By Anna Wlodarczak-Semczuk and Sarah Morland
WARSAW (Reuters) -Poland’s Constitutional Tribunal again postponed on Tuesday a planned ruling on whether the country’s constitution or European Union treaties take precedence, a verdict that could call into question the bloc’s legal order.
Proceedings, originally set for July, were adjourned until Sept. 22 following a motion from Poland’s Human Rights Ombudsman that one of the judges, former ruling party lawmaker Stanislaw Piotrowicz, should not participate as he had been involved in judicial reforms opposed by Brussels.
“A judge of the Constitutional Tribunal whose attitude towards the EU is marked by far-reaching criticism or even hostility cannot adjudicate on the constitutionality of EU treaties,” said the office of ombudsman Marcin Wiacek, who was nominated by the opposition and appointed by parliament in July.
The catalyst for Tuesday’s sitting had been a long-running dispute with the EU over changes to the court system in Poland. Brussels is angered by what it sees as attempts to undermine the independence of the judiciary. Warsaw accuses Brussels of unjustified meddling in its internal affairs.
The primacy of EU laws over national ones is a key tenet of European integration. Opposition politicians say Prime Minister Mateusz Morawiecki’s challenge to this tenet not only jeopardises Poland’s long-term future in an EU that has helped drive its economic growth, but also the stability of the bloc itself.
“It would lead to Europe a la carte, where different countries apply the EU law differently… (EU law) needs one referee, and the referee is the European Court of Justice,” said European Values and Transparency Commissioner Vera Jourova.
Poland argues that the EU treaties do not give Brussels the right to interfere with the judicial systems of member states.
“The constitution is the highest law in our country,” Cabinet Minister Michal Wojcik said in a statement to Reuters. “If it were otherwise, it would mean that we are not a sovereign state. We did not agree to this in the EU treaties.”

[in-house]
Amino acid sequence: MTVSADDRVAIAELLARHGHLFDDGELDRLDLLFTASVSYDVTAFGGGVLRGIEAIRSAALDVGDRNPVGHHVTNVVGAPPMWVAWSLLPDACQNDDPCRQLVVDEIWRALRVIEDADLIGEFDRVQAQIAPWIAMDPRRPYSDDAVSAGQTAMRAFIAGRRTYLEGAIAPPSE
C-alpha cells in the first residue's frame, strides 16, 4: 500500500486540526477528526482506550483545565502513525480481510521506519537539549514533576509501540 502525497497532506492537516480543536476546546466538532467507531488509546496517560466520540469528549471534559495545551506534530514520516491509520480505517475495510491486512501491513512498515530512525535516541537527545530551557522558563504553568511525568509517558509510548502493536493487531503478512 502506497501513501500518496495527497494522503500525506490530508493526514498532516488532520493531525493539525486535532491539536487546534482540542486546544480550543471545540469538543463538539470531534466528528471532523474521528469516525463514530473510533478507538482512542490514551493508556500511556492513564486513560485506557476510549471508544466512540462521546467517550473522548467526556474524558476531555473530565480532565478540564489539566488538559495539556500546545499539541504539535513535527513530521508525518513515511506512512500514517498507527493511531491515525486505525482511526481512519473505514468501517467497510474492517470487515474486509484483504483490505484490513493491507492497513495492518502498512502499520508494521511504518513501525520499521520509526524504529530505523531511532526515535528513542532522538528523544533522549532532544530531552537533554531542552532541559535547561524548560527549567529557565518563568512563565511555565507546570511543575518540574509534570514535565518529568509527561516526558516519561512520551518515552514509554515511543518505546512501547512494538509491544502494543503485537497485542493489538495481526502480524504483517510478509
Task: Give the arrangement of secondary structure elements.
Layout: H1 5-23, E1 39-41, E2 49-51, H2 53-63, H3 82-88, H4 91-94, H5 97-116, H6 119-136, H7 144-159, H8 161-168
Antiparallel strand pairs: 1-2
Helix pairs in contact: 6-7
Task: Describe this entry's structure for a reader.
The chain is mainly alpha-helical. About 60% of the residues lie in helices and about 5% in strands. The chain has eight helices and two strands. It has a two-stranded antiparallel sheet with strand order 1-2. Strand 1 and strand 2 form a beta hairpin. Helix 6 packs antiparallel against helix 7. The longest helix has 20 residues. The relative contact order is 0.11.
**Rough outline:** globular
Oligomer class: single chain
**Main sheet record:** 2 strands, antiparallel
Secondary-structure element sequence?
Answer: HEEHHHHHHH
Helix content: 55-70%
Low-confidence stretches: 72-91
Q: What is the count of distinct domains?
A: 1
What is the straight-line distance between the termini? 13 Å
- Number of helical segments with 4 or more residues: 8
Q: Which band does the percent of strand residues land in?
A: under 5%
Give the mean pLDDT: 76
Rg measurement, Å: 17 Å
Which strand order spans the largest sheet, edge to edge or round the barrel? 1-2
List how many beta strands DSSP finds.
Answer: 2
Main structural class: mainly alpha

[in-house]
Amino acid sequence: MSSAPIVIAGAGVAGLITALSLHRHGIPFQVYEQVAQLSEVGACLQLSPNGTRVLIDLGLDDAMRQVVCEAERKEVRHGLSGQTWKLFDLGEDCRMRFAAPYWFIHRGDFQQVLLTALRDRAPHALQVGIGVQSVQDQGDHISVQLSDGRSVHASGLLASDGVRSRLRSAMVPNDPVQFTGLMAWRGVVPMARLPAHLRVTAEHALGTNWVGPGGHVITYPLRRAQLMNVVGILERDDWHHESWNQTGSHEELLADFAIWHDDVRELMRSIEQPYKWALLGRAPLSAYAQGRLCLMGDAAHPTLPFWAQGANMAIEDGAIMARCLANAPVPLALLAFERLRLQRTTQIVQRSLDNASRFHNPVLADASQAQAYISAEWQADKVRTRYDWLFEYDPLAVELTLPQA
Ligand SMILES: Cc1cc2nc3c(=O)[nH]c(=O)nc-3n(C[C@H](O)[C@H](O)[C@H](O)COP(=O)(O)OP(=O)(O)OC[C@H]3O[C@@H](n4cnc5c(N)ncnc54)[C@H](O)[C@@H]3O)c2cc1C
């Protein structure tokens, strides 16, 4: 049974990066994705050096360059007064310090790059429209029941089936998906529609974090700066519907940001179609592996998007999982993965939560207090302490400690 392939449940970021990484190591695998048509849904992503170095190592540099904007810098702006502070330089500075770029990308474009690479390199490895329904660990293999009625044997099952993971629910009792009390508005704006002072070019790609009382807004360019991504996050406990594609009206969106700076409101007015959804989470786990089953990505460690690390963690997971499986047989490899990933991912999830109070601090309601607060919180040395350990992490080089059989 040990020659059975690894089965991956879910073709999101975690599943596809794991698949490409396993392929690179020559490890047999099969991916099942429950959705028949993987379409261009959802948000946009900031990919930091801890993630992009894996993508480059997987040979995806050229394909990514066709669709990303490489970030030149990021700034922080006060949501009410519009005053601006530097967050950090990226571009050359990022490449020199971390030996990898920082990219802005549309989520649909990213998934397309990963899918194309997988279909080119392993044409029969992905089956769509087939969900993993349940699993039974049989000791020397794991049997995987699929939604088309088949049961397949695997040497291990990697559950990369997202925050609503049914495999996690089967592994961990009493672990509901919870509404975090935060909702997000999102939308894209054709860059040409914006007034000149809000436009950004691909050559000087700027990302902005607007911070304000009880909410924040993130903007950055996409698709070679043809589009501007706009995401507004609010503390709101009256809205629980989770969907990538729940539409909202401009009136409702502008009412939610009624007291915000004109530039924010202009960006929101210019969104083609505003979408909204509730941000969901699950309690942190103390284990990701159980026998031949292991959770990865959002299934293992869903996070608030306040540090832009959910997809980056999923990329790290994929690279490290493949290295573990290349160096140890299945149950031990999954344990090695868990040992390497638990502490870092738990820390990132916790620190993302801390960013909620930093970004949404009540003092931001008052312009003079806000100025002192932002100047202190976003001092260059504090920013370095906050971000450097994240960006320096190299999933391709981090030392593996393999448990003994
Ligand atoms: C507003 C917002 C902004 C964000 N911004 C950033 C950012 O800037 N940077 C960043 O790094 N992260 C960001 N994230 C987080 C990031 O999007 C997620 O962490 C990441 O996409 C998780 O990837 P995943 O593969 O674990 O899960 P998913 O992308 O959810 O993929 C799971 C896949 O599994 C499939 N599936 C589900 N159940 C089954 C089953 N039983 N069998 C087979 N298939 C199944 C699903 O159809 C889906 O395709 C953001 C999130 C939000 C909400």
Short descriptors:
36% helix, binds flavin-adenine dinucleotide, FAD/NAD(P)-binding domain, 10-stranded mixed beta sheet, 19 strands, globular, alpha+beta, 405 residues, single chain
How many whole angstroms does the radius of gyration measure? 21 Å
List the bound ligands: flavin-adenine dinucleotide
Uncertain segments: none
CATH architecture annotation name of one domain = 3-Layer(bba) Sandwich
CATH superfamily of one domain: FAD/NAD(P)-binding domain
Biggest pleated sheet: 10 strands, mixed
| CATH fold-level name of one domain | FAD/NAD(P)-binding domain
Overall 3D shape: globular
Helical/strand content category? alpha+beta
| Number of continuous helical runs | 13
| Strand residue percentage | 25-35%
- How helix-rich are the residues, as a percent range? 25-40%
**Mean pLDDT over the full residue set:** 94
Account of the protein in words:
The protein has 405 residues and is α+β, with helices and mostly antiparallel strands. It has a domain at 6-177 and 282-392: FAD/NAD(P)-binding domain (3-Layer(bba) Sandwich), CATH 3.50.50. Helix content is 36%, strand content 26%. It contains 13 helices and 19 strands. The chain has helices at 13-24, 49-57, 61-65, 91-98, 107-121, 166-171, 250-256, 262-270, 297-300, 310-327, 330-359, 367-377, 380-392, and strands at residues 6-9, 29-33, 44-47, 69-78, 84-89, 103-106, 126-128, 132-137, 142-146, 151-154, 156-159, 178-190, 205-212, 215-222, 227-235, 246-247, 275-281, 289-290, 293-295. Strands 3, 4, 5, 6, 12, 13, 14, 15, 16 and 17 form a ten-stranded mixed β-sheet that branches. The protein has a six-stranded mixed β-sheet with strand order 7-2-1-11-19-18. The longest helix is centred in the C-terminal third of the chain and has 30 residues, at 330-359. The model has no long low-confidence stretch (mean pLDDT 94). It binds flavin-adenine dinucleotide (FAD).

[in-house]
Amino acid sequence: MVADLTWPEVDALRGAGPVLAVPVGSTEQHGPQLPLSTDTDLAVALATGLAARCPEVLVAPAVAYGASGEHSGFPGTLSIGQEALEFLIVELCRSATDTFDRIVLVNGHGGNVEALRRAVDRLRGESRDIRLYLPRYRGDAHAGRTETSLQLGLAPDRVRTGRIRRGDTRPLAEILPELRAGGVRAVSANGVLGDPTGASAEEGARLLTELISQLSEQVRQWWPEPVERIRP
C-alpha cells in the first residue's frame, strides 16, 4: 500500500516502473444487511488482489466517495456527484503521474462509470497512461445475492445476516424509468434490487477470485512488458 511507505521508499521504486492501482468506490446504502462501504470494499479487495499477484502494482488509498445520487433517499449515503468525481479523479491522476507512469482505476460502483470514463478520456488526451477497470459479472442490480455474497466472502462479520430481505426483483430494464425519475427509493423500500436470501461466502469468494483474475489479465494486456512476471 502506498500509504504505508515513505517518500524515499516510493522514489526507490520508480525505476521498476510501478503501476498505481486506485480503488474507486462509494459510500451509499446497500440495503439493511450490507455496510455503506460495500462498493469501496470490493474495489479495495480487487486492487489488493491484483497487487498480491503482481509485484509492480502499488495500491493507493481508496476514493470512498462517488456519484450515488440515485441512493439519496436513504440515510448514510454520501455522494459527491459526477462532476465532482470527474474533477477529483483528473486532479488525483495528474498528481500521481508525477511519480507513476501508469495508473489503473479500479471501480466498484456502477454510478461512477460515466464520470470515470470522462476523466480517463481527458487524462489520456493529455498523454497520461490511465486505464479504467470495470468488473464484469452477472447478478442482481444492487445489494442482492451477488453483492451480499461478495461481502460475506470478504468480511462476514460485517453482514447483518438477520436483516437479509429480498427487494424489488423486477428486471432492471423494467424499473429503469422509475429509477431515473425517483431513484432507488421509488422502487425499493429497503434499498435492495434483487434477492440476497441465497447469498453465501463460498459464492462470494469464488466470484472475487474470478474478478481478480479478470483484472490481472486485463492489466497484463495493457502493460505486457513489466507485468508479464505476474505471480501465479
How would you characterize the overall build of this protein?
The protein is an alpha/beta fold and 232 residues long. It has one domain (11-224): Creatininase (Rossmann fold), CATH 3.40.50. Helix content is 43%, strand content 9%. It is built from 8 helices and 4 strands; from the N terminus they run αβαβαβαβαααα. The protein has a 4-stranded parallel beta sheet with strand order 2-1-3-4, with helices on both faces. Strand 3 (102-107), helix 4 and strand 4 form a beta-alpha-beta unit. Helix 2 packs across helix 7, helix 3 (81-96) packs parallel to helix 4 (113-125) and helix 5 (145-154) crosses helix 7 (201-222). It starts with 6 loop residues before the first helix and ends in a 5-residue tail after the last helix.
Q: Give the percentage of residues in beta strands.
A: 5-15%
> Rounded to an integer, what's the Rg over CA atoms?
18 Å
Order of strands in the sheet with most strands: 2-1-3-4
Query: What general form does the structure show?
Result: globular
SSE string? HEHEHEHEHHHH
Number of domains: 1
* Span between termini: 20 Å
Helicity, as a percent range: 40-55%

Some lawyers use the term “Polexit” to describe what they say are Warsaw’s efforts to remove itself from the EU’s legal framework, but Poland is unlikely to exit the bloc anytime soon.
The EU has no legal way to expel countries and surveys show an overwhelming majority of Poles support membership. But some government critics say Poland risks an eventual loss of EU funding.
The government has been accused of politicising the judicial system, including the Constitutional Tribunal. Poland’s ruling Law and Justice party (PiS) says the reforms were needed to remove communist-era influence.
The EU’s top court also ruled last month that a Polish disciplinary chamber for judges was illegal, a day after the Constitutional Tribunal in Warsaw ruled that Poland should ignore a previous demand to stop the chamber operating.
Following a threat of possible EU financial penalties, Poland said it would disband the chamber, but failed to detail how it would replace it. Brussels has yet to comment on Warsaw’s response other than to say that it is analysing it.
(Reporting by Alan Charlish and Anna Wlodarczak-Semczuk in Warsaw, Sarah Morland in Gdansk, Gabriela Baczynska in Brussels; Editing by Edwina Gibbs and Gareth Jones)